What is needed now is a new reform-oriented agreement – one that recognizes the need for measures to be implemented in the right sequence, delaying those that will have a recessionary effect. The agreement’s focus should be the business environment, allowing the forces of creative destruction to lay down the foundation for a sustainable recovery.
The Greek economy needs a reallocation of capital and labor to export-oriented firms and skill-intensive sectors. Government officials should not demonize private enterprise and entrepreneurial activity, nor penalize them with excessive, capricious taxation. Instead, they should focus on the urgent remedies that are needed if sustainable growth is to return.
First, product-market reform cannot be delayed. Lawmakers must, for example, remove the obstacles that deter foreign and domestic investment; open closed professions; remove price caps; and reduce licensing requirements and other anachronistic barriers to firm entry and expansion.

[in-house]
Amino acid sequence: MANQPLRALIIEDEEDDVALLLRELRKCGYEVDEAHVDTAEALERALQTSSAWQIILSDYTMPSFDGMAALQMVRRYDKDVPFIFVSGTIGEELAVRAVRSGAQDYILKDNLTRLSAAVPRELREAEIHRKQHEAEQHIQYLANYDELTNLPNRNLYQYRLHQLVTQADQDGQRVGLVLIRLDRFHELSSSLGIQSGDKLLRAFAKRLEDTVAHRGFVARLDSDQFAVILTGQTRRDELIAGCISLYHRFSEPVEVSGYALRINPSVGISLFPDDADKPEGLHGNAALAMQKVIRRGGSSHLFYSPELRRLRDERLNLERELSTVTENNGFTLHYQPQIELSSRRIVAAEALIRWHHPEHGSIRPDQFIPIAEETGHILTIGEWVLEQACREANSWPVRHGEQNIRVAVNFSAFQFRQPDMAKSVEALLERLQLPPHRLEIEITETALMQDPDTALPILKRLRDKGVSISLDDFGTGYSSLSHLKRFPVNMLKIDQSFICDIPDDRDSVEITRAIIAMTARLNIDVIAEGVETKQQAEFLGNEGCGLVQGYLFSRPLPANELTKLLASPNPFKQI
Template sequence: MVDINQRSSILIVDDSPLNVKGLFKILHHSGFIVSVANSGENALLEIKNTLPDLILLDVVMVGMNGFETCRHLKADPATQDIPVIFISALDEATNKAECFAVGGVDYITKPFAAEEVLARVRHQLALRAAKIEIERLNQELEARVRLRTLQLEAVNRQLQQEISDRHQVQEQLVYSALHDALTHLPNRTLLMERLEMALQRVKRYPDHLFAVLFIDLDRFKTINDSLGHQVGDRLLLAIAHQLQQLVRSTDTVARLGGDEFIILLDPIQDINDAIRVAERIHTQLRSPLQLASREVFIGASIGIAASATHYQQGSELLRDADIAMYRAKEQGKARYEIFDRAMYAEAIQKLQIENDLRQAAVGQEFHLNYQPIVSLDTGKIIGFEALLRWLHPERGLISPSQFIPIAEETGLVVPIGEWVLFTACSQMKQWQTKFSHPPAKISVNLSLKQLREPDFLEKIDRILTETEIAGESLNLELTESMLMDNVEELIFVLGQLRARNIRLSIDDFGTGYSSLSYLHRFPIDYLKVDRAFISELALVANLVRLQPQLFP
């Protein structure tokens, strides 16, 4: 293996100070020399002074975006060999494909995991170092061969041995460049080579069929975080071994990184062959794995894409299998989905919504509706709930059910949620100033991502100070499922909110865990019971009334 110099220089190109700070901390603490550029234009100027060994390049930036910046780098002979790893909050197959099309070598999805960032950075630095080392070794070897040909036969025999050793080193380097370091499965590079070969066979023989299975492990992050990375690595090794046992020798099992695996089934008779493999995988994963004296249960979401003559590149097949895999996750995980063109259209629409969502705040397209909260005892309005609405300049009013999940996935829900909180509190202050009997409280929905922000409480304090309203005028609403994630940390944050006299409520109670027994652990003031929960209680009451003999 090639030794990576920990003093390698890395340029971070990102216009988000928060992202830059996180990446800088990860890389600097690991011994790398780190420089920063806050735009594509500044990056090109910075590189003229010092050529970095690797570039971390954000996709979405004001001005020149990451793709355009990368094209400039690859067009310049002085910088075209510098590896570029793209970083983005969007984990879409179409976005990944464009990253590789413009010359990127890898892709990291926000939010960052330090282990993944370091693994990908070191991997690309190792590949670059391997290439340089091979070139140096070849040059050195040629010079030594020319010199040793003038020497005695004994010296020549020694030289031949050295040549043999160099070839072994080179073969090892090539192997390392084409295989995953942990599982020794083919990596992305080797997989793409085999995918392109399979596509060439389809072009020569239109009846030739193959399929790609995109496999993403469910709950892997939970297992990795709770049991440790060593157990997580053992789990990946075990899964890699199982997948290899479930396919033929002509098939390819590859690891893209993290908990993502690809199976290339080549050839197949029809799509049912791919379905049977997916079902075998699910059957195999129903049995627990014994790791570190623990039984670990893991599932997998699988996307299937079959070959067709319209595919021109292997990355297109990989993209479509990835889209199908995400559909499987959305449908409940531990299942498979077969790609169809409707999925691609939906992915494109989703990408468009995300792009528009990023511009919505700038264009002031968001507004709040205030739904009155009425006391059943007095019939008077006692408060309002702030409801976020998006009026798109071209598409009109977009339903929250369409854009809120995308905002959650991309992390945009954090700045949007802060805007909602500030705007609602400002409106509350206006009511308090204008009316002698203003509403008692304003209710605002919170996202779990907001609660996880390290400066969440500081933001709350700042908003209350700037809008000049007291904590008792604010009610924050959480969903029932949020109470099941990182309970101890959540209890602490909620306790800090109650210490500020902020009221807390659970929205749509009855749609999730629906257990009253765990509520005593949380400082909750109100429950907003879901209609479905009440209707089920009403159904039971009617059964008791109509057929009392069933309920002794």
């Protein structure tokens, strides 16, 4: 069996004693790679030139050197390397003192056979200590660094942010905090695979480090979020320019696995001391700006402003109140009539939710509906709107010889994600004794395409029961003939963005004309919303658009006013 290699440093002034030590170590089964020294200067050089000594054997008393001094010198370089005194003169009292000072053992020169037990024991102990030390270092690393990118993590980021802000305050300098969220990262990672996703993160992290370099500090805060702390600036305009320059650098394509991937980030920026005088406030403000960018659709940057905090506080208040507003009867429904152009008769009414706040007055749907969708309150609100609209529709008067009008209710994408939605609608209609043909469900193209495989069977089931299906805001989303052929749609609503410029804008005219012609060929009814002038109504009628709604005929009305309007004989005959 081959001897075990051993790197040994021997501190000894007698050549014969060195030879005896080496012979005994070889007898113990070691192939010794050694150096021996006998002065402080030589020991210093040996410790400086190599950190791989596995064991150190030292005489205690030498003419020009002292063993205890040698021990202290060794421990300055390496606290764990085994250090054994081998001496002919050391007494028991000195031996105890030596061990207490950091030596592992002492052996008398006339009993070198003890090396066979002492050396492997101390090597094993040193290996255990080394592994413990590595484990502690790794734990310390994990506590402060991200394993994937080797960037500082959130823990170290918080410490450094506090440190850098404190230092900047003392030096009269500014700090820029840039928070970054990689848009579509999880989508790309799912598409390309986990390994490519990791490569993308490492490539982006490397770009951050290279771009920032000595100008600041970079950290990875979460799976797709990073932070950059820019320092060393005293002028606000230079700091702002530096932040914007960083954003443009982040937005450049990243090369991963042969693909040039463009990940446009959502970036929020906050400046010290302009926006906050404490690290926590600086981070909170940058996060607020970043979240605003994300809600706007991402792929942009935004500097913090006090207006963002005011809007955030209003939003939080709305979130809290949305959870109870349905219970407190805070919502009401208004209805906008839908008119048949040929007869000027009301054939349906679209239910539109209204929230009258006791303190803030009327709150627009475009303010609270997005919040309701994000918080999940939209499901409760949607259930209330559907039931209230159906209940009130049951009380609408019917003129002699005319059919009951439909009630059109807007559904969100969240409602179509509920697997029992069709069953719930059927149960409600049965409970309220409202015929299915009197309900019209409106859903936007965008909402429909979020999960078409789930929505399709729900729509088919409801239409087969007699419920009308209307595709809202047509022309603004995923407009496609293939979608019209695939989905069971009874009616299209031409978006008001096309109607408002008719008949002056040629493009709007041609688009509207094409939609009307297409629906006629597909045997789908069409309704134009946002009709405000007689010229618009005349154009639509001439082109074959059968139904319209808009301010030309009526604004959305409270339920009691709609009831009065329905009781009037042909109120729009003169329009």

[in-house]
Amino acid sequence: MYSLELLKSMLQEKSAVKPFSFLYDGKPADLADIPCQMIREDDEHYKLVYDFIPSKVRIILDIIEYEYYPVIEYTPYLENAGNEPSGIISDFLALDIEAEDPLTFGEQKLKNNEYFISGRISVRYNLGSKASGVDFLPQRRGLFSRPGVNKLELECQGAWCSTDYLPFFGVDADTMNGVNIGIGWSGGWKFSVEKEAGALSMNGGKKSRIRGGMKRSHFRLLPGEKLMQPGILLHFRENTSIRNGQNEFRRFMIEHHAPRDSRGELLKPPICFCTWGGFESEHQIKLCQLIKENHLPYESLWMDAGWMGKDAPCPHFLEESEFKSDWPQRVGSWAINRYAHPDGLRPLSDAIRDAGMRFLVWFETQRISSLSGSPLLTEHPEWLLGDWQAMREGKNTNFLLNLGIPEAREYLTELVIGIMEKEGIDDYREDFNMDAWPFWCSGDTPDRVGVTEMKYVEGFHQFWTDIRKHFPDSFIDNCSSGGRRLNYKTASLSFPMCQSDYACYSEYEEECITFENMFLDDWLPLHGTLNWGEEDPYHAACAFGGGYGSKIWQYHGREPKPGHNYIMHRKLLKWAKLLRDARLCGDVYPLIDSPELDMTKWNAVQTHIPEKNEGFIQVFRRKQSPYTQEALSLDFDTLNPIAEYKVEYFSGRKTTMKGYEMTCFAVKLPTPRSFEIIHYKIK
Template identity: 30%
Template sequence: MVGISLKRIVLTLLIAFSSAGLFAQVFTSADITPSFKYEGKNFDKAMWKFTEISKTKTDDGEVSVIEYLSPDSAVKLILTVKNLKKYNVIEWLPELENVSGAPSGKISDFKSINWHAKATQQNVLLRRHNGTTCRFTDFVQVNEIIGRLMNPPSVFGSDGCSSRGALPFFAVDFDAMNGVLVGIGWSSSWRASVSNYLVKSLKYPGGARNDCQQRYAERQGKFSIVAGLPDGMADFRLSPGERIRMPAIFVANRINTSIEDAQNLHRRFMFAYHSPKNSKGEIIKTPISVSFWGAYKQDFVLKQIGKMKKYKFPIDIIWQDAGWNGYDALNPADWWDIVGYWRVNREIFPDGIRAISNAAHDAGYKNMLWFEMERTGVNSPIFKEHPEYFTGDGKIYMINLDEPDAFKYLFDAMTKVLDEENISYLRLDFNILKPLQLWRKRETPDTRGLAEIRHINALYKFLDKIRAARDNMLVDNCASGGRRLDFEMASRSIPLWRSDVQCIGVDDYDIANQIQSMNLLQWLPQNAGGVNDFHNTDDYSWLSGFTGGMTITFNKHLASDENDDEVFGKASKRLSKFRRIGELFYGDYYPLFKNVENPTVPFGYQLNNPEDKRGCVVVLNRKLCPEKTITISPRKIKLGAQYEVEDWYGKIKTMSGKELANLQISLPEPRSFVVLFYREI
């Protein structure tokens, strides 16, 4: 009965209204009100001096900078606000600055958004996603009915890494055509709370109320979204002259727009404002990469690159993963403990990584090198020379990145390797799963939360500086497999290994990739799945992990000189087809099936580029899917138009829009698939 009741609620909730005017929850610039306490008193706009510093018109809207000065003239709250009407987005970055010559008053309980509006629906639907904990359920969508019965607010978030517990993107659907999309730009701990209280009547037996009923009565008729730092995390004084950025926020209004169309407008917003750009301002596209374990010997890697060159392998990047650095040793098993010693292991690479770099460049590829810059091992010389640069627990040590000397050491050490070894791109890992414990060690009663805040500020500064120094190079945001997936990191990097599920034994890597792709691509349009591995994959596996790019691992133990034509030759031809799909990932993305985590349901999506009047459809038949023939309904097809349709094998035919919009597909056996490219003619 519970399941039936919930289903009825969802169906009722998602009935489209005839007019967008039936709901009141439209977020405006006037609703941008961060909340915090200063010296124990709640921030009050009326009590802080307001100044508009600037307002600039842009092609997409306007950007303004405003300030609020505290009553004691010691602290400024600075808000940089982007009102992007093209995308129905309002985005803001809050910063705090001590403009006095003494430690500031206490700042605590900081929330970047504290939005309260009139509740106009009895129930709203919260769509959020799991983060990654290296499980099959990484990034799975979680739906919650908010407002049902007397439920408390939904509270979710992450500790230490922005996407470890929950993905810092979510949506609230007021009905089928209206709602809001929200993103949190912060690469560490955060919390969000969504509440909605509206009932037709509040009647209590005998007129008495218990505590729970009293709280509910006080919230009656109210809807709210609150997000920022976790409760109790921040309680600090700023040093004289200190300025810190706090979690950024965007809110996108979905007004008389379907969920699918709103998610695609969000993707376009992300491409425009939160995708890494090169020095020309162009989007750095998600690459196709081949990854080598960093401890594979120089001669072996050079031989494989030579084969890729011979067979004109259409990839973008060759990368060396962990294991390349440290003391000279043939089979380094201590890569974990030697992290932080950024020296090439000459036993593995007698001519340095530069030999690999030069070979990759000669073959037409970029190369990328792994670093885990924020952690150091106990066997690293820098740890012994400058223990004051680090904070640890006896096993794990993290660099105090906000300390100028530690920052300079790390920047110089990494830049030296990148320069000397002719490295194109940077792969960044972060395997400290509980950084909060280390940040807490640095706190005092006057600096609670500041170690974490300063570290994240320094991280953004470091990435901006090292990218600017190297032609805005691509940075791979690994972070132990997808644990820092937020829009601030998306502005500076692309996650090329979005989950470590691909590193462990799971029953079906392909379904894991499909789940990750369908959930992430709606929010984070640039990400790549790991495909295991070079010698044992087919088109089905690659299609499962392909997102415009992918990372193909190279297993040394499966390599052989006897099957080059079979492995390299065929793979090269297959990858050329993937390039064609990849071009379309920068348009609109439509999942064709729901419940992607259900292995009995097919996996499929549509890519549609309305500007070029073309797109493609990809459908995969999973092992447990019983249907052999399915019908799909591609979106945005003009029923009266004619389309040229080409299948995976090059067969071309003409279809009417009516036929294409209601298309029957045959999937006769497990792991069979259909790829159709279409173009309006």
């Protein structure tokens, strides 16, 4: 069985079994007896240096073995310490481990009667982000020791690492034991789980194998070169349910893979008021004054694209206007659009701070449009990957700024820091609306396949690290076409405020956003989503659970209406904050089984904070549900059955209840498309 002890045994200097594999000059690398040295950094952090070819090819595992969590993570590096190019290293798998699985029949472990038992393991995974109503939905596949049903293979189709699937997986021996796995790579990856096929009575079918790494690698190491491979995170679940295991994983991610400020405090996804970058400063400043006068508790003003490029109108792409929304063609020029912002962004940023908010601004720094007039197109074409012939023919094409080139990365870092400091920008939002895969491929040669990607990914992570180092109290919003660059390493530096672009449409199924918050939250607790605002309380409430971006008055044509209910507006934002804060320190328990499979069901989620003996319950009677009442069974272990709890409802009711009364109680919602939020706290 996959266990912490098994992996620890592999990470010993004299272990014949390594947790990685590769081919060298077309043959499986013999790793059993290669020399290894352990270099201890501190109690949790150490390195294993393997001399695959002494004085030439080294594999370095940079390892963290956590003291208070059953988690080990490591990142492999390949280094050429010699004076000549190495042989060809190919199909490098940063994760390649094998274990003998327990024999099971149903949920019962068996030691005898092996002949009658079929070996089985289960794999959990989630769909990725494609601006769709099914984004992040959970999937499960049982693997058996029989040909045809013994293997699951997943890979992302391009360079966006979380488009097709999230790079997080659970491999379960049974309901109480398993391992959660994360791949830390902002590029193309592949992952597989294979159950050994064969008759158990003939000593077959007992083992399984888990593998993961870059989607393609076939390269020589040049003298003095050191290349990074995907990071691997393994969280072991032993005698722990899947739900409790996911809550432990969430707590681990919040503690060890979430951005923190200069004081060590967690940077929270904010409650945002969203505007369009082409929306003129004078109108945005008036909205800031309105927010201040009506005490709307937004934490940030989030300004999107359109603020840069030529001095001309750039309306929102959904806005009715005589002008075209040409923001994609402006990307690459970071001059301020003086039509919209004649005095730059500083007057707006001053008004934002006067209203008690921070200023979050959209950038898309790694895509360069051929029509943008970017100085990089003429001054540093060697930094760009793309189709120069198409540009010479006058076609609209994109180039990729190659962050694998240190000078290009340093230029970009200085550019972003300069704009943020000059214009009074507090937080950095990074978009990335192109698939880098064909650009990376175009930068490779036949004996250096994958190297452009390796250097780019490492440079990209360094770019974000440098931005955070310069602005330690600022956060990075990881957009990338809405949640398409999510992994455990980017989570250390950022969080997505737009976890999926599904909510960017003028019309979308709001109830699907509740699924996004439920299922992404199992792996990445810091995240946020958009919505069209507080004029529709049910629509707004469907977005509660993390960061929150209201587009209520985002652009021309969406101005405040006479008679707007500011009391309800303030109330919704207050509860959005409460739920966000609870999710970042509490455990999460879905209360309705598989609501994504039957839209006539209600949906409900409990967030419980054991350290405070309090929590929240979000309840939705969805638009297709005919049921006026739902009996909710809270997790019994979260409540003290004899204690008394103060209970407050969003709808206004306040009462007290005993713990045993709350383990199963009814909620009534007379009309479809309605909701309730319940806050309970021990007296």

Second, the state’s limited administrative capacity must be improved. At a minimum, civil-service jobs should be detached from political patronage. Mechanisms to improve transparency and accountability should be strengthened – for example, through computerization.
Third, Greece needs a sound and predictable legal system. At the moment, the framework for property rights, investor protection, and corporate governance is extremely weak, and recent legislative measures regarding the personal liability of shareholders in limited liability companies have made things worse.
Fourth, the Greek government should overhaul the judicial process. Courts’ inefficiency protects insiders and impedes entrepreneurship. It also contributes to inequality and fuels Greeks’ belief that the system is unfair – as indeed it is. Rather than taking an incremental approach, the government should launch a “big push.” To clear the system’s massive backlog of cases, the authorities should consider recruiting part-time magistrates and opening courts on weekends and during the summer. Medium-term reforms should include the establishment of specialized courts and the promotion of alternative dispute-resolution mechanisms.